Tours will take place on Saturday, July 18 and Sunday, July 19. All tours are docent-led unless otherwise specified.
Transportation to and from each tour is the responsibility of the attendee.
Saturday, July 18
NEW TIME: 3:00 pm - 4:00 pm
Autry National Center of the America West
4700 Western Heritage Way; Los Angeles
Please arrive at the center by 1:45 pm, this one hour docent-led tour explores the "Empire and Liberty: The Civil War and the West" exhibit. You are free to explore the rest of the center at the close of the tour.
2:00 pm - 3:30 pm
Historical Walking Tour of New China Town
New China Town
411 Bernard Street; Los Angeles
$8.00 - Limited to 20 people
Chinatown was relocated in 1938 to its present location from the area where Union Station is now. The Chinese Historical Society of Southern California has actively promoted community history through an ongoing Walking Tour of the New Chinatown Program begun in 1981. Thousands of people have taken our educational tours, guided by well-trained docents.
2:00 pm - 3:00 pm
California African American Museum
600 State Dr., Exposition Park; Los Angeles
$5.00 - Limited to 20 people
Please arrive by 1:45 pm. The one hour docent-led tour explores "The African American Journey West" exhibit. You are free to explore the rest of the center at the close of the tour.
L Plaza de Cultura y Artes - self tour
501 North Main Street; Los Angeles
Open 12-6 pm
"LA Starts Here"
The first of its kind in approach and scope, LA Plaza's inaugural exhibition, LA Starts Here!, examines Mexican and Mexican American history and identity in Los Angeles. Iconic artifacts, one-of-a-kind interactive experiences, and captivating films reveal the region's rich and often unknown history as a multicultural project from its very beginnings. Visitors of all backgrounds are encouraged to think critically about the shaping of cultural and national identity in an increasingly diverse world.
Sunday, July 19
The Gamble House - self tour
4 Westmoreland Place; Pasadena
The Gamble House was designed in 1908 by architects Greene & Greene. It was commissioned by David and Mary Gamble, of Cincinnati, Ohio, as a winter residence.
David Berry Gamble, a second generation member of the Procter & Gamble Company in Cincinnati, had retired from active work in 1895, and with his wife, Mary Huggins Gamble, began to spend winters in Pasadena, residing in the area's resort hotels. By 1907, the couple had decided to build a permanent home in Pasadena. In June of that year, they bought a lot on the short, private street, Westmoreland Place, passing up the more fashionable address, South Orange Grove, known at that time as "Millionaires' Row."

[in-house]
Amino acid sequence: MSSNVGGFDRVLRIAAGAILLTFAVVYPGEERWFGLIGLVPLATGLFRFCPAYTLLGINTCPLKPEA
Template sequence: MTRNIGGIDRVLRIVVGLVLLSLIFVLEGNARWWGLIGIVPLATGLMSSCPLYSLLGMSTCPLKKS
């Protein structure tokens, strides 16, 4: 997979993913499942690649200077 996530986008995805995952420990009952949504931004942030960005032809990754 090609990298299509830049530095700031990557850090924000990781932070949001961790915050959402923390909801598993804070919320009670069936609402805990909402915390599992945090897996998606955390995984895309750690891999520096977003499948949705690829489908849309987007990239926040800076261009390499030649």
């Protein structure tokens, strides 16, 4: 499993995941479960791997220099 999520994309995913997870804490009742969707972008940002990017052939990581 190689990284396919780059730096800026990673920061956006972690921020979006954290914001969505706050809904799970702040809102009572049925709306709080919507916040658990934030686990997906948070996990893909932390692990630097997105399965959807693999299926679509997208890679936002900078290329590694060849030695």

At the same time the Gambles were selecting their lot on Westmoreland Place, a house designed by the firm of Greene & Greene was being built for John Cole on the adjacent property. Perhaps meeting the architects at the construction site, and certainly impressed with the other Greene & Greene houses in the Park Place neighborhood, the Gambles met with the brothers and agreed on a commission.
The architects worked closely with the Gambles in the design of the house, incorporating specific design elements such as the family crest among its motifs. Drawings for the house were completed in February 1908, and ground was broken in March. Ten months later, the house was finished, the first pieces of custom furniture were delivered, and The Gamble House became home to David Gamble, his wife Mary, and their youngest son Clarence. (Their oldest son Cecil was already working for Procter & Gamble; their middle son Sidney had just started at Princeton University.) Mary's younger sister, Julia, also came to live with the family. By the summer of 1910, all the custom-designed furniture was in place.
David and Mary lived in the house until their deaths in 1923 and 1929, respectively. Cecil Huggins Gamble and his wife Louise Gibbs Gamble began living in the house after Julia's death in 1944, and briefly considered selling it. They soon changed their minds, however, when prospective buyers spoke of painting the interior teak and mahogany woodwork white! The Gambles realized the artistic importance of the house and it remained in the Gamble family until 1966, when it was deeded to the city of Pasadena in a joint agreement with the University of Southern California School of Architecture.